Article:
WOOSTER, Ohio – An informative study, authored by Karen Alley, assistant professor of earth sciences at The College of Wooster and published in Science Advances on Wednesday, describes how upside-down “rivers” of warm ocean water are helping to create conditions that lead to ice-shelf breakup and sea-level rise in Antarctica.
These upside-down rivers are eroding the already fractured edges of thick, floating Antarctic ice shelves from below, thus speeding up the process of the continent’s contribution to rising seas, which Alley says “drives all of (her) research.”
“Warm water circulation is attacking the undersides of these ice shelves at their most vulnerable points,” stated Alley in a news release by the Cooperative Institute for Research in Environmental Studies (CIRES), a partnership of the National Oceanic and Atmospheric Administration and the University of Colorado Boulder, where she earned a Ph.D. “These effects matter. But exactly how much, we don’t know yet. We need to.”
The article, titled “Troughs developed in ice-stream shear margins precondition ice shelves for ocean-driven break-up,” details how two factors working together are weakening the ice shelves – the floating sheets of ice that extend from grounded glaciers on land (three-quarters of the Antarctic continent is surrounded by these extensions of the ice sheet). Flowing ice often stretches and cracks along its edges, or “shear margins,” especially when it’s flowing quickly, according to Alley. Because this stretching and cracking thins the ice in the shear margins, they’re more vulnerable to erosion from below by the “warm upside-down rivers,” which can be “miles wide and tens of miles long.”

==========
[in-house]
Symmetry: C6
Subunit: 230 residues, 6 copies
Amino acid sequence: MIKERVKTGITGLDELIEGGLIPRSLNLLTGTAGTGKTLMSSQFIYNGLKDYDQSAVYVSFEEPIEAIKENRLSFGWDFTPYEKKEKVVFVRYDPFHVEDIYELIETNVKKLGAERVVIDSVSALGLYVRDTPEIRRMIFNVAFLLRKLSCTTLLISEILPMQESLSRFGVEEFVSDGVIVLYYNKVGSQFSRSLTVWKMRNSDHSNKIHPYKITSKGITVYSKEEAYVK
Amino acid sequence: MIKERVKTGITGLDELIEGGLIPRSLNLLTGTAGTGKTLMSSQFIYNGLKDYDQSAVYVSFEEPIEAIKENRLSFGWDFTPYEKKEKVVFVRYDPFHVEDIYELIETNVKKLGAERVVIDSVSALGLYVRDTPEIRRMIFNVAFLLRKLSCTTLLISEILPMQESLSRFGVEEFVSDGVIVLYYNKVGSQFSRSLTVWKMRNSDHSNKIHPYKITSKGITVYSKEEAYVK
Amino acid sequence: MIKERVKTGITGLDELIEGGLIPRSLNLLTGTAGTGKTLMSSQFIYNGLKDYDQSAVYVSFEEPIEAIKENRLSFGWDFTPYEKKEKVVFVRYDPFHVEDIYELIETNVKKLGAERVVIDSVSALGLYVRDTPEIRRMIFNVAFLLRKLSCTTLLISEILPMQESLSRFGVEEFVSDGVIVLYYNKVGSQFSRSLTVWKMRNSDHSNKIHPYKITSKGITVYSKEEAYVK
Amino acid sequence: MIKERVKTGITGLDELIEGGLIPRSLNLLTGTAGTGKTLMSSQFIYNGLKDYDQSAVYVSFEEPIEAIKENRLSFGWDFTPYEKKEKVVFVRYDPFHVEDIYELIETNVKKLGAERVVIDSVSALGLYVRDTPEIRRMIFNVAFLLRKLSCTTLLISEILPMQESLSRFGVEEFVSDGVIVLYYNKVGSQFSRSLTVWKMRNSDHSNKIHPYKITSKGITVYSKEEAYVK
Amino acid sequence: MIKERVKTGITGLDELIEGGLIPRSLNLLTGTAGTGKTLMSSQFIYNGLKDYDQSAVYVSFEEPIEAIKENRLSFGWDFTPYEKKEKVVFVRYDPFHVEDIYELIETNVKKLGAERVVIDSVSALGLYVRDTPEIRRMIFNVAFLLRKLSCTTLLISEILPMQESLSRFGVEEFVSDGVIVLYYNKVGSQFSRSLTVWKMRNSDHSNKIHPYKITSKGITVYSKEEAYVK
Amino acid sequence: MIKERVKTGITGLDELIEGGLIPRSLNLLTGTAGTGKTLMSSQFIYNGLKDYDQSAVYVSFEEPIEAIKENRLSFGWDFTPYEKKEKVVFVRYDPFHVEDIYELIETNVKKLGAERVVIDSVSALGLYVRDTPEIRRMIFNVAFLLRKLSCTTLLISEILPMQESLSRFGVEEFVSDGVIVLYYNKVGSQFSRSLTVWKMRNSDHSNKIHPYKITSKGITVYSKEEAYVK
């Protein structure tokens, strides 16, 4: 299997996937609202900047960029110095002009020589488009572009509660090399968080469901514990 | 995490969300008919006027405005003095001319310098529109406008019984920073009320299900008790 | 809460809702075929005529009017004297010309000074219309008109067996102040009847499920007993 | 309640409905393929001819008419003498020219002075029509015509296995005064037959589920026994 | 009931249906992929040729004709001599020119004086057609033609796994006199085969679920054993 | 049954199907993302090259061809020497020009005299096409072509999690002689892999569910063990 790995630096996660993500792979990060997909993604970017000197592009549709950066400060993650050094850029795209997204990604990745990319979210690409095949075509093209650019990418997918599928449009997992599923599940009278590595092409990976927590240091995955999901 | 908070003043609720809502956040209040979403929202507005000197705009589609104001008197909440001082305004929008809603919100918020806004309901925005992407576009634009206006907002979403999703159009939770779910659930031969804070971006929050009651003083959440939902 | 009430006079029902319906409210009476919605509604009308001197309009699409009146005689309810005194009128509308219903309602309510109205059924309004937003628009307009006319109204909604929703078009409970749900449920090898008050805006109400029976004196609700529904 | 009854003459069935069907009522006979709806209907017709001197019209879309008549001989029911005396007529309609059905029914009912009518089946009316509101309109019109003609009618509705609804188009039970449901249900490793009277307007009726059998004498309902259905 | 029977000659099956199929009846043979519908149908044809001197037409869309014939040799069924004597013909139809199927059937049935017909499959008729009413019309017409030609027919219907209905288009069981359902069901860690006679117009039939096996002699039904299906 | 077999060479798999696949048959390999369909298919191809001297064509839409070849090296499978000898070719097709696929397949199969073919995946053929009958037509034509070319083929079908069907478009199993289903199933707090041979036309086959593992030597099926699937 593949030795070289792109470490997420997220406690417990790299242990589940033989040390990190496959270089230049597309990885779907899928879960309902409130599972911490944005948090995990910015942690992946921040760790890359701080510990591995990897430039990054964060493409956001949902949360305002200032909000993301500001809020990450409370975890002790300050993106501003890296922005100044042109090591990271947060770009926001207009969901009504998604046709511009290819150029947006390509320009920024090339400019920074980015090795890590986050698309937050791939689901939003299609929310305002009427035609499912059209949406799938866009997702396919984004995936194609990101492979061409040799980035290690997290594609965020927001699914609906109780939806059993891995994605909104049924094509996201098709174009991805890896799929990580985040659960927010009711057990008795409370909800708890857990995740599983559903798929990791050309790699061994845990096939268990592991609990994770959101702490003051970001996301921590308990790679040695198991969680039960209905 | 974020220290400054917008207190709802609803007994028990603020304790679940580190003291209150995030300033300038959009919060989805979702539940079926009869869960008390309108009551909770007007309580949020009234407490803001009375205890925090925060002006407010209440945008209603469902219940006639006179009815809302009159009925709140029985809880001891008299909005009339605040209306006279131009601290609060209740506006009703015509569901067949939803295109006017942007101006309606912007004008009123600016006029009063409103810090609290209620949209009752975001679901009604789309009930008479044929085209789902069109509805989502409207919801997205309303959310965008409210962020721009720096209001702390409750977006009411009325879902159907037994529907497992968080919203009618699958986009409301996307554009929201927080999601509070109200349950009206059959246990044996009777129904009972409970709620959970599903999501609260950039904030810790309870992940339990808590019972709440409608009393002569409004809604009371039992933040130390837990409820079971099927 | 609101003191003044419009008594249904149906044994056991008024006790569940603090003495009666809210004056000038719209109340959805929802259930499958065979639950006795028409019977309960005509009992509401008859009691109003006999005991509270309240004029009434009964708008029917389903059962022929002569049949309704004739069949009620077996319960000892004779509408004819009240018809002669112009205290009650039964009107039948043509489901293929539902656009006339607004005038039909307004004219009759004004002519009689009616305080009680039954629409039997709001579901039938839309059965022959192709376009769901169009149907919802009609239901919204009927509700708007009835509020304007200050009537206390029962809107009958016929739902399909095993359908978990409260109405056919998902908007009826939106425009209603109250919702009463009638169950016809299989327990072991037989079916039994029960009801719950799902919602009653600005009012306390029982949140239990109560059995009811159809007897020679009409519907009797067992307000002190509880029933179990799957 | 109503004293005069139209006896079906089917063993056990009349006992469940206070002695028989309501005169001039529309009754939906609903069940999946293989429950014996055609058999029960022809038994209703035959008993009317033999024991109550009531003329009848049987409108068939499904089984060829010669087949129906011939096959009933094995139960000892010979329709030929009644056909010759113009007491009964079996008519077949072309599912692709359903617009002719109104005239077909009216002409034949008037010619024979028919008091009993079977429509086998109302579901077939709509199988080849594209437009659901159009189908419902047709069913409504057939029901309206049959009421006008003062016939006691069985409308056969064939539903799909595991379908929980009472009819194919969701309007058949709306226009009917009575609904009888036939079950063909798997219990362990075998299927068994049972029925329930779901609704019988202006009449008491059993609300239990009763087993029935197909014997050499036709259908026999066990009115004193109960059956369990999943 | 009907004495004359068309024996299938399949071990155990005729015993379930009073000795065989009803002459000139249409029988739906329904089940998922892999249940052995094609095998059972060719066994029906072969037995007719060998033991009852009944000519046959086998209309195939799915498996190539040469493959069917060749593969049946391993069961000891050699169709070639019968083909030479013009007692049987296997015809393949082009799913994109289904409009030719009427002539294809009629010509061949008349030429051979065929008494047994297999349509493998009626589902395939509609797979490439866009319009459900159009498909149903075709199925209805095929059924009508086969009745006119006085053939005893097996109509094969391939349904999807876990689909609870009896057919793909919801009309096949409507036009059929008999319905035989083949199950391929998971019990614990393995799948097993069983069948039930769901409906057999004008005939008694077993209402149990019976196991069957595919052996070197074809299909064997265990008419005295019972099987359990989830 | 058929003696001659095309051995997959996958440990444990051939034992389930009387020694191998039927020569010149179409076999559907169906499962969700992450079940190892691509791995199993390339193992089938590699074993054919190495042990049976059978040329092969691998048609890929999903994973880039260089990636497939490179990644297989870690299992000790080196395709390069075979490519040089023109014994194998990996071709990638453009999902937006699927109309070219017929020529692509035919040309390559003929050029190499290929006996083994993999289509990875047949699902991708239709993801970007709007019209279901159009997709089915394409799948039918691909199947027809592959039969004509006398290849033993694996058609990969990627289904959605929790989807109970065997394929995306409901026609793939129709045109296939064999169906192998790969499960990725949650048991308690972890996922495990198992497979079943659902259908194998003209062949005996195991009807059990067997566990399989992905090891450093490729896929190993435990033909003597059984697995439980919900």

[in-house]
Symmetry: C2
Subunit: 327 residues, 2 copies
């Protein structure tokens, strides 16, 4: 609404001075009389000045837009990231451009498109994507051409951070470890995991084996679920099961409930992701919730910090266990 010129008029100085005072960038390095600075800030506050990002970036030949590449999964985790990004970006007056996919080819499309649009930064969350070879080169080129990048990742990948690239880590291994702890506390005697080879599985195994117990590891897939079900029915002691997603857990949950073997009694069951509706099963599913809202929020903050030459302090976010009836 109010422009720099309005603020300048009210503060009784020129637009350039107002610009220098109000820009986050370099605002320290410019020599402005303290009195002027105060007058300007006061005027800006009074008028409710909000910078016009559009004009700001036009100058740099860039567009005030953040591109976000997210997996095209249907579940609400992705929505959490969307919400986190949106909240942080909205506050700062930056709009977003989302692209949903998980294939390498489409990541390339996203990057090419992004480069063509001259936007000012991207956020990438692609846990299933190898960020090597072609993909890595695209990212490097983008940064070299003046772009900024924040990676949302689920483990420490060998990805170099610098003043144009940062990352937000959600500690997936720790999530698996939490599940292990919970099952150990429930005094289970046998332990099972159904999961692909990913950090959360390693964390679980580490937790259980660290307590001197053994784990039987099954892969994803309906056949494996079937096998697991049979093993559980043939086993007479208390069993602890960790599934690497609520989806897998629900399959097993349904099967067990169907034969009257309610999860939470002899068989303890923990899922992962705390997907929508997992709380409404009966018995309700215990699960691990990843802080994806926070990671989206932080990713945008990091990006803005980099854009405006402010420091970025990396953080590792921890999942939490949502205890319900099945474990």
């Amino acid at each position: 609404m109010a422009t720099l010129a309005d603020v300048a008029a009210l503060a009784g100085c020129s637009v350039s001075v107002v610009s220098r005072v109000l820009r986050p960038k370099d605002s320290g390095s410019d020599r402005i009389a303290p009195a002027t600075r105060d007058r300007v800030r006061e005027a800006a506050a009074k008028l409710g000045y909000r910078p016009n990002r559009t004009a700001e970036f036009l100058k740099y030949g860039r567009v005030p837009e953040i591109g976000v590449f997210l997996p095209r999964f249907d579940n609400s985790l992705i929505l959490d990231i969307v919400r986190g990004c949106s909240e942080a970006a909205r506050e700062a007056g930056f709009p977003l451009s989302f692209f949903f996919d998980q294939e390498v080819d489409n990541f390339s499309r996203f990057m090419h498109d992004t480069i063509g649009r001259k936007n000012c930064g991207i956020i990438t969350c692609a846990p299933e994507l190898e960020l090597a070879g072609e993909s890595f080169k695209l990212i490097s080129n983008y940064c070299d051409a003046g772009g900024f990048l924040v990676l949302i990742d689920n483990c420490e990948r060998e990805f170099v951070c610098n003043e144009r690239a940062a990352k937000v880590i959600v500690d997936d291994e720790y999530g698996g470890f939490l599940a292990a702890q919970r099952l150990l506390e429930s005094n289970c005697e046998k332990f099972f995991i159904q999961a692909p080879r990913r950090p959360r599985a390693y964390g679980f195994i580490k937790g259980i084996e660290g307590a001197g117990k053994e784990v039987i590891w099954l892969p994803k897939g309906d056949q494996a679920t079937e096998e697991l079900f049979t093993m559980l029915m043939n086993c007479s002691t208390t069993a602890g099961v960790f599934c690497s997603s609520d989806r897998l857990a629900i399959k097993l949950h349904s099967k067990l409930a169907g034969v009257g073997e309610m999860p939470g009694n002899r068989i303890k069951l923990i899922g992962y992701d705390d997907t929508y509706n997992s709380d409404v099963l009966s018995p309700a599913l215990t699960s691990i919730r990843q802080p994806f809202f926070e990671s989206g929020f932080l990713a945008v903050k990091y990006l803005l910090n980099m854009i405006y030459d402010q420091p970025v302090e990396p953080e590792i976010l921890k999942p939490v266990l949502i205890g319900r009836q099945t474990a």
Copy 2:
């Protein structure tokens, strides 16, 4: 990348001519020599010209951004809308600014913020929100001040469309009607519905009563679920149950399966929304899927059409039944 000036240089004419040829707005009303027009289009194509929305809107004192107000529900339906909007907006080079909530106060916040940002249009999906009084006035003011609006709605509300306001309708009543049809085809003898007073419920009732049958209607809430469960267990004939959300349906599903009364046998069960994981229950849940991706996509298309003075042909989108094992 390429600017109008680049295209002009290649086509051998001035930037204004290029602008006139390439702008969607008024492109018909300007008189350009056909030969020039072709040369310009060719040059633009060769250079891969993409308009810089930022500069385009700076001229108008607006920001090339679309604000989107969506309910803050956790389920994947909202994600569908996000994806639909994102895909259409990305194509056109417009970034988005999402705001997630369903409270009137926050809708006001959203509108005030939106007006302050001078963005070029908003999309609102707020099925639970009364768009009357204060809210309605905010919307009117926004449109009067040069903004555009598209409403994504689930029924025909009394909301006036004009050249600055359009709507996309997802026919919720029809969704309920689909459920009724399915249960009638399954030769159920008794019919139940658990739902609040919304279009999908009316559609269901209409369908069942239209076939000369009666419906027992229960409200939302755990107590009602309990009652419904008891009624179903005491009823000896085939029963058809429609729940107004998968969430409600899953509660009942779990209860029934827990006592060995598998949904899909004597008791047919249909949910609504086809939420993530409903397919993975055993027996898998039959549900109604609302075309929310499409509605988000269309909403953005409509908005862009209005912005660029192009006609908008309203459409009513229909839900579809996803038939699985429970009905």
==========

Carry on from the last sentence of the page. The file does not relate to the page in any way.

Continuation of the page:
The scientists, whose work was funded by the U.S. Geological Survey and the National Science Foundation, put it all together and concluded that the warmer waters are finding those thin spots along the ice shelf, leading to further erosion and weaker margins and making ice shelves more vulnerable to collapse. “In these new findings, we found that ice shelves found in areas of warm water are probably more likely to fall apart than we thought they were,” Alley summed up.
Alley emphasized that this is only a first step in the research. “New modeling needs to be done to see how important this effect is. We have to understand what the ice shelves are going do to in the future,” she said.
The research for this publication was accomplished by examining a lot of satellite imagery, along with surface elevation data from across the continent, however, Alley will get a firsthand look for the first time in her career at the Antarctic ice shelves from Nov. 16-Feb. 1. She describes the approaching fieldwork as a “dream come true,” as she’ll have the opportunity to use seismic instruments and ground-penetrating radar to study the ice-ocean interactions happening near the Thwaites Glacier and Dotson Ice Shelf in West Antarctica.
Katy Human, communications director at CIRES, contributed to this story.